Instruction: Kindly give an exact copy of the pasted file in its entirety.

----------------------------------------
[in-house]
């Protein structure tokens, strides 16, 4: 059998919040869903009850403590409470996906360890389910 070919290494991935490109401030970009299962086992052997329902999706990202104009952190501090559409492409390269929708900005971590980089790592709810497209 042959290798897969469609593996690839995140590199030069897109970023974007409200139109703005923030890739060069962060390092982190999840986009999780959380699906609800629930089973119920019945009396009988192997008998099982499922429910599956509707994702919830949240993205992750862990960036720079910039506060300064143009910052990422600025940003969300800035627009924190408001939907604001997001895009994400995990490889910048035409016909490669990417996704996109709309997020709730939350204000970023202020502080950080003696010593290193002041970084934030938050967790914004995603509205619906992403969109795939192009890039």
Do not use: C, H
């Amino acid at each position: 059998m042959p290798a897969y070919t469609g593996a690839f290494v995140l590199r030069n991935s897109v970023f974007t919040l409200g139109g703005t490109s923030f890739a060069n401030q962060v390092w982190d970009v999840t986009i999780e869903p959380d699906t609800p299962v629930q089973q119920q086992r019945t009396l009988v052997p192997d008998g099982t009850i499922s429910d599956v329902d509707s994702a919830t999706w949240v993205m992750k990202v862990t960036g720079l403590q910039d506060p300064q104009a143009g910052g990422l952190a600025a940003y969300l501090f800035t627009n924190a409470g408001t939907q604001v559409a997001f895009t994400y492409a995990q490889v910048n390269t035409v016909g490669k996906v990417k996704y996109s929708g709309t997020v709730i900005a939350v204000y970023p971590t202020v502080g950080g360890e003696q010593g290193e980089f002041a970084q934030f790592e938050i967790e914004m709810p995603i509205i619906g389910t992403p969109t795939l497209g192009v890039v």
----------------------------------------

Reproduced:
[in-house]
């Protein structure tokens, strides 16, 4: 059998919040869903009850403590409470996906360890389910 070919290494991935490109401030970009299962086992052997329902999706990202104009952190501090559409492409390269929708900005971590980089790592709810497209 042959290798897969469609593996690839995140590199030069897109970023974007409200139109703005923030890739060069962060390092982190999840986009999780959380699906609800629930089973119920019945009396009988192997008998099982499922429910599956509707994702919830949240993205992750862990960036720079910039506060300064143009910052990422600025940003969300800035627009924190408001939907604001997001895009994400995990490889910048035409016909490669990417996704996109709309997020709730939350204000970023202020502080950080003696010593290193002041970084934030938050967790914004995603509205619906992403969109795939192009890039």
Do not use: C, H
């Amino acid at each position: 059998m042959p290798a897969y070919t469609g593996a690839f290494v995140l590199r030069n991935s897109v970023f974007t919040l409200g139109g703005t490109s923030f890739a060069n401030q962060v390092w982190d970009v999840t986009i999780e869903p959380d699906t609800p299962v629930q089973q119920q086992r019945t009396l009988v052997p192997d008998g099982t009850i499922s429910d599956v329902d509707s994702a919830t999706w949240v993205m992750k990202v862990t960036g720079l403590q910039d506060p300064q104009a143009g910052g990422l952190a600025a940003y969300l501090f800035t627009n924190a409470g408001t939907q604001v559409a997001f895009t994400y492409a995990q490889v910048n390269t035409v016909g490669k996906v990417k996704y996109s929708g709309t997020v709730i900005a939350v204000y970023p971590t202020v502080g950080g360890e003696q010593g290193e980089f002041a970084q934030f790592e938050i967790e914004m709810p995603i509205i619906g389910t992403p969109t795939l497209g192009v890039v």